That leaves us with Twitter. This social network product has a twist. It currently makes no money, but they are being incorporated into many commercial programs that may give them a bright future. With Twitter, users can send Tweets of up to 140 characters to anyone who is following them. One of the good things about Twitter is that lives have been saved by being able to send tweet messages to multiple people simultaneously when someone gets into trouble.  A feat that was previously not possible.  But now you have to break up with your significant other using a much smaller amount of text that has to be more creative. I personally like “It’s not me. It’s you.”, and “Your dirty laundry and your computer are in the front yard.”
So now we get to the scary part. When you have tens of millions of people using anything, the bad guys come out to see what all the fuss is about and try to exploit it.  In the past few weeks, the big news has been all about Phishing. This is a type of attack that attempts to get you to click on a link that will infect your computer or try to get you to give out your credit card or other personal information. This has been happening by email for years, but new technology allows it to happen by simply visiting a web page. This week, the scam involved having what appeared to be a friend or celebrity send a fake Facebook link for you to click on in your email.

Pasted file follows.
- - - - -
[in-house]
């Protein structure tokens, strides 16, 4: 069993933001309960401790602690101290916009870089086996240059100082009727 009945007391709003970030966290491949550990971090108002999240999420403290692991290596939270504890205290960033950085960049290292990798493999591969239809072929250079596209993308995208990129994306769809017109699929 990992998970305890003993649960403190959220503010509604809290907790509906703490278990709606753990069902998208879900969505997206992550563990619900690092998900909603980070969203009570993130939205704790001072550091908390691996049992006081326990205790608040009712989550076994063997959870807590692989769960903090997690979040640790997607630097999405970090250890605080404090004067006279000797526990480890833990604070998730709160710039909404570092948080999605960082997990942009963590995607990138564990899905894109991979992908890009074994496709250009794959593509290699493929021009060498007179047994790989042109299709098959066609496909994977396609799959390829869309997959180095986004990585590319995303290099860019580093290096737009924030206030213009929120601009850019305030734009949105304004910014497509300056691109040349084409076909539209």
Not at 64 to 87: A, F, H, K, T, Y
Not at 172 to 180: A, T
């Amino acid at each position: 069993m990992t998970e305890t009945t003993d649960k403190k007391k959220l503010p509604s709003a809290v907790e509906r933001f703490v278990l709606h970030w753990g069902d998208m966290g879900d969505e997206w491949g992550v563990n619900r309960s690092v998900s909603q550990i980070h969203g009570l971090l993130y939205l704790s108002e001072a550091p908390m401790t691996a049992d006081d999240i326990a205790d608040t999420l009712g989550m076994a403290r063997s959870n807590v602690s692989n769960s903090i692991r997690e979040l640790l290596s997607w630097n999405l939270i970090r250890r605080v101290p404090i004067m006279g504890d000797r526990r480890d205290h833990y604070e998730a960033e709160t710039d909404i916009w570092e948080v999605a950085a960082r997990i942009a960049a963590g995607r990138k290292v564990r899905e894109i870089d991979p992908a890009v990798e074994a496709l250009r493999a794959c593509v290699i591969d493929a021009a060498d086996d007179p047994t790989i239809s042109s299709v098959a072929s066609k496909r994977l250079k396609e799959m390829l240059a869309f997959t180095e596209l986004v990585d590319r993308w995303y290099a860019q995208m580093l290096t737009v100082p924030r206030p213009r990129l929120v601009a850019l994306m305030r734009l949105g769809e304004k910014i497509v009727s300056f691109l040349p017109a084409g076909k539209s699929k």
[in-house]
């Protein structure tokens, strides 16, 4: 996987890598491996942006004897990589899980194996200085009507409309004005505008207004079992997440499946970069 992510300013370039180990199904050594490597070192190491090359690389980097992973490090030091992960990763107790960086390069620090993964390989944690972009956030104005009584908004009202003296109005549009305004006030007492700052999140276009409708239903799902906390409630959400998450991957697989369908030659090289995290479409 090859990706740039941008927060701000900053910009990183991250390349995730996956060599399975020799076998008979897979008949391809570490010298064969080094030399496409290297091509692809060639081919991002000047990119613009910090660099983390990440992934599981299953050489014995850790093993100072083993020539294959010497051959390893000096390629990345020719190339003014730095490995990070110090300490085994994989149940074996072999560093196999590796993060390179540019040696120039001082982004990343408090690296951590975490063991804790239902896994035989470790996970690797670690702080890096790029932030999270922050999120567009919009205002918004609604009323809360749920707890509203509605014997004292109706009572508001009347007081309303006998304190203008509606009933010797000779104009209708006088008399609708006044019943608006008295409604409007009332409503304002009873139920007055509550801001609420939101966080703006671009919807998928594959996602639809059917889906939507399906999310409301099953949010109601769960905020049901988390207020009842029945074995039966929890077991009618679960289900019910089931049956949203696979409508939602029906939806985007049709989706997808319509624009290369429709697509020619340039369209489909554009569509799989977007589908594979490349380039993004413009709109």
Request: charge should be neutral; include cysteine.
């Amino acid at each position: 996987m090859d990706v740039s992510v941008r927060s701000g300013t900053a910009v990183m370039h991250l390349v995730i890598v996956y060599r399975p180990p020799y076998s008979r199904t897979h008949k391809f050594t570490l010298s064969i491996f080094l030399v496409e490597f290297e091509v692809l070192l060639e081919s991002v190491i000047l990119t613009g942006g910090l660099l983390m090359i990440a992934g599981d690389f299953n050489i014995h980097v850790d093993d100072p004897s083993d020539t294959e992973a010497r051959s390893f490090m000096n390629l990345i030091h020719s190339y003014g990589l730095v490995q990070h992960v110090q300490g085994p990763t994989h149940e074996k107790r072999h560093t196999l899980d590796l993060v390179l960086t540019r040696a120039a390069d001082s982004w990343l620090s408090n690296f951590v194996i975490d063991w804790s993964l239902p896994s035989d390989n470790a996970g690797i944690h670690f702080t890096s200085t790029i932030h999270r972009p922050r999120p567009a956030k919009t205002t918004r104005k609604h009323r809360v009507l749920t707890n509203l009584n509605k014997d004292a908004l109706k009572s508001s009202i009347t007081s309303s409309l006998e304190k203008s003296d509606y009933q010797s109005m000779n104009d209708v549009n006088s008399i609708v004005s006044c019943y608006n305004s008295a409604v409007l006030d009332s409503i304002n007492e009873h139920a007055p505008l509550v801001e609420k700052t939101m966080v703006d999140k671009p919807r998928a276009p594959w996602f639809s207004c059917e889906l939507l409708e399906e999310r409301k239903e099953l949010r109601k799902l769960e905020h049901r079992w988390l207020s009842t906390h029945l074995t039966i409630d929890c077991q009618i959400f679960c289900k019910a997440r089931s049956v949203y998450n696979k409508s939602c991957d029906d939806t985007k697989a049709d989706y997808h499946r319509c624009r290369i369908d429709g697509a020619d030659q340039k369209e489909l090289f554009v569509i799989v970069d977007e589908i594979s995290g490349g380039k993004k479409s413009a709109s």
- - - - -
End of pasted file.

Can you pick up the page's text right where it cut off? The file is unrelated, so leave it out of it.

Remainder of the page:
It actually takes you to a Facebook look alike site, and when you type in your username and password, you can say goodbye to your identity. They will log into your account and get all your personal information. Within days, credit cards will be opened in your name and your credit rating will be ruined. Within weeks, phone calls will come to your house asking why you haven’t paid your bills and lawsuits will be filed against you. This ultimately will lead you to living in a box on the side of the road, unless you take precautions.